I recall the exact moment I fell in love.
Nick often jokes that he sought after for me for days and that I was blinded by his subtle advances towards me.
Let’s put one thing on the table: I’ve always been somewhat oblivious to these kinds of things.
And another thing: Nick was probably, like, really subtle about it.
I grew up with a boy as a best friend. When circumstances (ie. moving schools) meant that we wouldn’t see each other anymore and just moved on, my next best friend was a boy, too. I was a relatively shy girl, so most of my girlfriends could pick up when I had a crush on someone without me telling them.
High school was hilarious. Full of crushes and still the whole ‘ooh, ah, you like x’. That was when dating began for a heap of desperate preteens and teenagers wanting to hold someone else’s hand and have a partner and be all cute and stuff. If you were emotionally ready, that is. Like I said, high school was hilarious.
Then again, so was the time (as he refers to it) that Nick and I were ‘friends, but courting’.
‘Courting?’ I laughed.
It was the nicest sounding word he could pick out, though you could have substituted it for flirting, chasing each other, ‘before it was official’, or falling in love.
Falling in love.
Yeah, I like that one.
I remember trawling through our old chat logs with Nick and murmuring under my breath, ‘Why didn’t I notice this? How did I not realise?’
At the time, I had called Nick ‘baby’. I still call him ‘baby’. It’s a pet name I used to despise. It made my skin crawl whenever someone said it. I felt gross hearing it. But with Nick it just fell out of my mouth so effortlessly that it just fit, and that’s how it’s been ever since.
Nick had sent me video of a scene from a movie that had the song Wonderful World by Sam Cooke in it. It was a somewhat romantic scene, and it came up because were on the topic of songs and how some of them made us cry or gave us ‘dem feels’. I thought, aw, what a softie. Nick says he can’t believe I didn’t see that he was trying to tell me something.
I could go through all of the hints that he dropped, but each and every time I missed them, or misinterpreted them as – well, not even over-friendly, but just – friendly gestures. He told me I was gorgeous, and he doesn’t just call anyone gorgeous. He waited for me multiple times so we could catch the train together. He came to my desk every morning, without fail, and then we had tea and juice in the kitchen every morning. He asked me out to lunch. He bought me lunch that time he had been consoling me for half an hour while I was crying at work. He paused between saying ‘I love you’ and ‘as a friend’. Just how many hints did I need?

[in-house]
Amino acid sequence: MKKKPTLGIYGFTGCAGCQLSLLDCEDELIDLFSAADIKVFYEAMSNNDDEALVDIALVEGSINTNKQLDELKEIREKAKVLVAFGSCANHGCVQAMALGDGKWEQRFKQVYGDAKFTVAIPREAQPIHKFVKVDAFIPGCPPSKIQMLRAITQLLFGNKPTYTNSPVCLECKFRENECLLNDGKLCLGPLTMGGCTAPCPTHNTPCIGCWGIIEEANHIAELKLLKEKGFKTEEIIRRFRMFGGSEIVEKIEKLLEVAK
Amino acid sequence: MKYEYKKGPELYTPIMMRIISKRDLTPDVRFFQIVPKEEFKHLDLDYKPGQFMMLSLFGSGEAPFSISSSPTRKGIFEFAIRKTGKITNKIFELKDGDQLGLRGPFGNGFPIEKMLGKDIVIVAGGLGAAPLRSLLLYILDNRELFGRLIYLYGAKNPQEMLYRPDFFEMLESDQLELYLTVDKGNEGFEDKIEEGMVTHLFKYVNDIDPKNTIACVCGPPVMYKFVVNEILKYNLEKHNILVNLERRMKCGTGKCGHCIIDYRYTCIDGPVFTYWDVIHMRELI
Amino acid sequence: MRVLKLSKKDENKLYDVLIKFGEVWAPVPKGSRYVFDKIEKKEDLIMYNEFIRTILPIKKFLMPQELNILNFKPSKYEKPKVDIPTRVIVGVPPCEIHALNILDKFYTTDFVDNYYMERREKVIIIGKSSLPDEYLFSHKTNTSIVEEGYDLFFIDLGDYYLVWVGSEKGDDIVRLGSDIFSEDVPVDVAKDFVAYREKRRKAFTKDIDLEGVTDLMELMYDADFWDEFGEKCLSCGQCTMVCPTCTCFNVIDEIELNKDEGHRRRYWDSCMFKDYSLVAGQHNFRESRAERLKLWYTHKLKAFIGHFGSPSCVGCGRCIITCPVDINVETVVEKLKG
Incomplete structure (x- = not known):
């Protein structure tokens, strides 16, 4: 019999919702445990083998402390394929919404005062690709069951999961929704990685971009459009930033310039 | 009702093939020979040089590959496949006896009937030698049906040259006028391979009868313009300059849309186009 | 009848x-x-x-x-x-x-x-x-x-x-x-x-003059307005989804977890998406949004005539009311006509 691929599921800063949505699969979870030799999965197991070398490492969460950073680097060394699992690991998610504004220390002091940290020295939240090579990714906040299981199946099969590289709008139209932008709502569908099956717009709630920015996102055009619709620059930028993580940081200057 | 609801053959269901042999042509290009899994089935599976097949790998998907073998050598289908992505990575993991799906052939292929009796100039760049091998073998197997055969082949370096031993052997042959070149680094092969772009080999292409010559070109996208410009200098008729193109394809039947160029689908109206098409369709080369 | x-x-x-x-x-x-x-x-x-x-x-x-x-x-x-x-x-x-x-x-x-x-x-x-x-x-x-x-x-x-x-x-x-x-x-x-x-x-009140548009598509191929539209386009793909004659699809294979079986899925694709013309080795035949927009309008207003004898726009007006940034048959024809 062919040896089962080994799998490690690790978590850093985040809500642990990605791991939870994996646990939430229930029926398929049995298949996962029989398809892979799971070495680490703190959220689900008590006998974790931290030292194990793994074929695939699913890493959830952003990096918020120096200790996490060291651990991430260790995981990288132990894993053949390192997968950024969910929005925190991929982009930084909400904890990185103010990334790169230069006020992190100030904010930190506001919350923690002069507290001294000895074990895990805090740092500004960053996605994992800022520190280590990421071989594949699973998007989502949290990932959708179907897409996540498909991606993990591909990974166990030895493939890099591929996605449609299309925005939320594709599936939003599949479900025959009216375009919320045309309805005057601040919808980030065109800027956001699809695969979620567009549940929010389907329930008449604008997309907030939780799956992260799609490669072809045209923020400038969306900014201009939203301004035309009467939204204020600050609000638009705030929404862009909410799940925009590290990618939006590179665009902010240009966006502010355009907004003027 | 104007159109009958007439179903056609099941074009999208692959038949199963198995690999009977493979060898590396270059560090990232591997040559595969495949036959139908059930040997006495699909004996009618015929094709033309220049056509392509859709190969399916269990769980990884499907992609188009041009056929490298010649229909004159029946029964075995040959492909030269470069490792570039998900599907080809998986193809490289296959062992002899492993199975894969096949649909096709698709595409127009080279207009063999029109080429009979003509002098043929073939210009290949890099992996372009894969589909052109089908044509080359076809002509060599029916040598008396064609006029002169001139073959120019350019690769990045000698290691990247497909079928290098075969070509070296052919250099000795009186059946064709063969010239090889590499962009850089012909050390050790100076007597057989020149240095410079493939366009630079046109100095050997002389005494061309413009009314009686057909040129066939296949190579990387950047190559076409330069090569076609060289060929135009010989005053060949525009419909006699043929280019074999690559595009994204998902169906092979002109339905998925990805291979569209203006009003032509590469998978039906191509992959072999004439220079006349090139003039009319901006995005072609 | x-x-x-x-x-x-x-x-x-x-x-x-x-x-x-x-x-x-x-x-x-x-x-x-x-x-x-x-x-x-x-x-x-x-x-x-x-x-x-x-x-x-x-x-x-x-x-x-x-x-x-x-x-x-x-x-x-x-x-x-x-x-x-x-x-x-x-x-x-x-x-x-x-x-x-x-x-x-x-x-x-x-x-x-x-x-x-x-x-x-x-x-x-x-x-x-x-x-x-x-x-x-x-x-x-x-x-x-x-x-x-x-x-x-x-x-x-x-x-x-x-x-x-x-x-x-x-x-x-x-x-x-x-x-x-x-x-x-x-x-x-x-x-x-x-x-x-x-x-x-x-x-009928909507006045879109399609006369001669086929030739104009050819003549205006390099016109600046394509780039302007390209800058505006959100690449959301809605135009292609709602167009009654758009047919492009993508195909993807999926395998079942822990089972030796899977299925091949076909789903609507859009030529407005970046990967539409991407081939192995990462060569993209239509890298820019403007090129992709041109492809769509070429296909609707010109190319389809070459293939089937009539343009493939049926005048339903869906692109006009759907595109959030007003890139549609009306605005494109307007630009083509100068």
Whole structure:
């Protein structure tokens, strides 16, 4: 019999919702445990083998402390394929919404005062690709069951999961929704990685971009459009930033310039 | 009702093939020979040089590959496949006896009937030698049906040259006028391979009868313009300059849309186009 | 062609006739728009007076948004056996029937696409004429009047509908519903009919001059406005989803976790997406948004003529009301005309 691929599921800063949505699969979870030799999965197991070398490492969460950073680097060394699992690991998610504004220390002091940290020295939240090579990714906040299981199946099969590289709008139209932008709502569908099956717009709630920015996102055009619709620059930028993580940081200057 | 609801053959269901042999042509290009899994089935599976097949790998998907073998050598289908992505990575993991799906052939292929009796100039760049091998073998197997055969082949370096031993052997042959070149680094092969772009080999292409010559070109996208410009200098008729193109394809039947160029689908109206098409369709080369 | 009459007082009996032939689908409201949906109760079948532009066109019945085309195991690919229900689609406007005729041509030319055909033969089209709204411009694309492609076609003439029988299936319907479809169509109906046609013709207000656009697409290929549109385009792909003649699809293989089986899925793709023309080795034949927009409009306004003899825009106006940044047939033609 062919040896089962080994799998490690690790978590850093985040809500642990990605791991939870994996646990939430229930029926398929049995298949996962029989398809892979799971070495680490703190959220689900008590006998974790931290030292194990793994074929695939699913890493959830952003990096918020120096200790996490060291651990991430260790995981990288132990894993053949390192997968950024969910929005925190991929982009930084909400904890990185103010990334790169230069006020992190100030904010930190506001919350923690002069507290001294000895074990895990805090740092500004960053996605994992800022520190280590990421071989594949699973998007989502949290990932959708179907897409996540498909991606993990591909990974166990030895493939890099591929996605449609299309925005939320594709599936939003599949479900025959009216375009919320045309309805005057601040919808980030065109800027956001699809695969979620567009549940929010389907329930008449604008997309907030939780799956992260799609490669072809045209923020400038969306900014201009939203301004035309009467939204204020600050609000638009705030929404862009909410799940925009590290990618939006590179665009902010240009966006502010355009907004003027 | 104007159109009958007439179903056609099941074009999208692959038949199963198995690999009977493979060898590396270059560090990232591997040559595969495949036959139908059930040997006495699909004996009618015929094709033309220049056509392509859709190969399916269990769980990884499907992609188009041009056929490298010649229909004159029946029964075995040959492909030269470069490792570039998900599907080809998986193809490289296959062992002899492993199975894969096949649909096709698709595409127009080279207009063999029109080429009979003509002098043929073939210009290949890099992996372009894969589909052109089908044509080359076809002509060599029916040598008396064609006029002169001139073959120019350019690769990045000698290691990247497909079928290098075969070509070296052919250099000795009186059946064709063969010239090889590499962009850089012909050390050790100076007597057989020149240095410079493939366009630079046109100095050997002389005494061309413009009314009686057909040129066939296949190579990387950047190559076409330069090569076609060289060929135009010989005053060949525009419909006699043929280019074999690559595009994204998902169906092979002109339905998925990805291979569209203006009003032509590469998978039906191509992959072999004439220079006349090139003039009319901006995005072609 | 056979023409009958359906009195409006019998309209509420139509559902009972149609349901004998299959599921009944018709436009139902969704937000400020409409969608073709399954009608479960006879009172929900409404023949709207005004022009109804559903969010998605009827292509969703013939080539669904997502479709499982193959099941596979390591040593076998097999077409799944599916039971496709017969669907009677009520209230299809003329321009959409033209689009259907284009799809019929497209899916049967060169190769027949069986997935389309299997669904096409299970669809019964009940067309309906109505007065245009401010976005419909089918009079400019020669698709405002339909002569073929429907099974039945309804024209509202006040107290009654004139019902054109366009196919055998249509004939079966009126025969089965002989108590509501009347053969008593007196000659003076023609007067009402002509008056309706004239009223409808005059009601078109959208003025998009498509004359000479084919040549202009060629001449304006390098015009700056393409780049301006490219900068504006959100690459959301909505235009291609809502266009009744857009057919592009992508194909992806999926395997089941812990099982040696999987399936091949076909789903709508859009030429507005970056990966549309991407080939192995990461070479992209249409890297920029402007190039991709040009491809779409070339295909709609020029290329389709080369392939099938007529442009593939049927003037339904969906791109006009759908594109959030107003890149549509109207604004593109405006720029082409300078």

If I can pinpoint the exact moment I fell in love, it wasn’t that time he went overseas and I just… missed him and felt sad and lonely for some unknown reason. It also wasn’t that time we spent far too long in the kitchen at work just chatting before realising that a whole hour had passed.
It wasn’t that time he came to my desk just to make sure he didn’t have to see me cry.
It wasn’t that time we went to the dessert parlour together and were both pretending to read a funny article on my phone when really, unbeknownst to each other, we were actually listening to each other’s breathing at the same time we were trying to calm our own.
If either of us had faced each other during those few minutes, I think, without a doubt, that we would have had a moment.
It wasn’t that time we were both a little bit drunk and I leaned on him a little too lovingly not knowing that he was probably mostly OK and I was dizzy out of my wits (because everyone knows you’re the real you when you’re drunk). It also wasn’t that time I promised to take care of him and get him home safe as he drunk himself silly, but it felt so natural to kiss him on the cheek.
It was that entire series of events that somehow avalanched gently into a certain conversation we had.
We were sitting next to each other, because we were working on something together at work. Somehow, the conversation strayed, and we found ourselves talking about ways of describing friendships.
He was the closest friend I had at that point. We were sitting with a fair distance between us, and we found ourselves talking at a low volume, in contrast with everyone else. They were all chatting and not really working. Half the office was empty.
‘What is this? Like, what are we? I have friends, but you’re a really, really good friend of mine.’
‘You’re a really, really good friend of mine too.’
‘I’m not sure what to call this.’
‘Me neither. I’ve never felt this way before.’
I remember our hands touching at that point, my left hand and his right hand, as they lay on the desk with our fingers messily entwined.
‘I’ve never felt this way about anyone before either.’
It doesn’t matter who said what, because either way, we thought the same thing, and it was the first in a series of a thousand things to this day that we have not only thought, but vocalised at the same time.
It was in that moment, as the words fell out of my mouth the same way the word ‘baby’ now does, that my wandering thoughts lapsed and my thinking out loud slowly halted. It was in that moment that our eyes met again and the same quivering feeling of my heart in my chest returned – that same feeling I felt the day I hugged him goodbye and he travelled to the other side of the world.
It was that feeling and the look in his eyes, that when the fairy dust settled, it made me realise that I wasn’t the only one falling in love.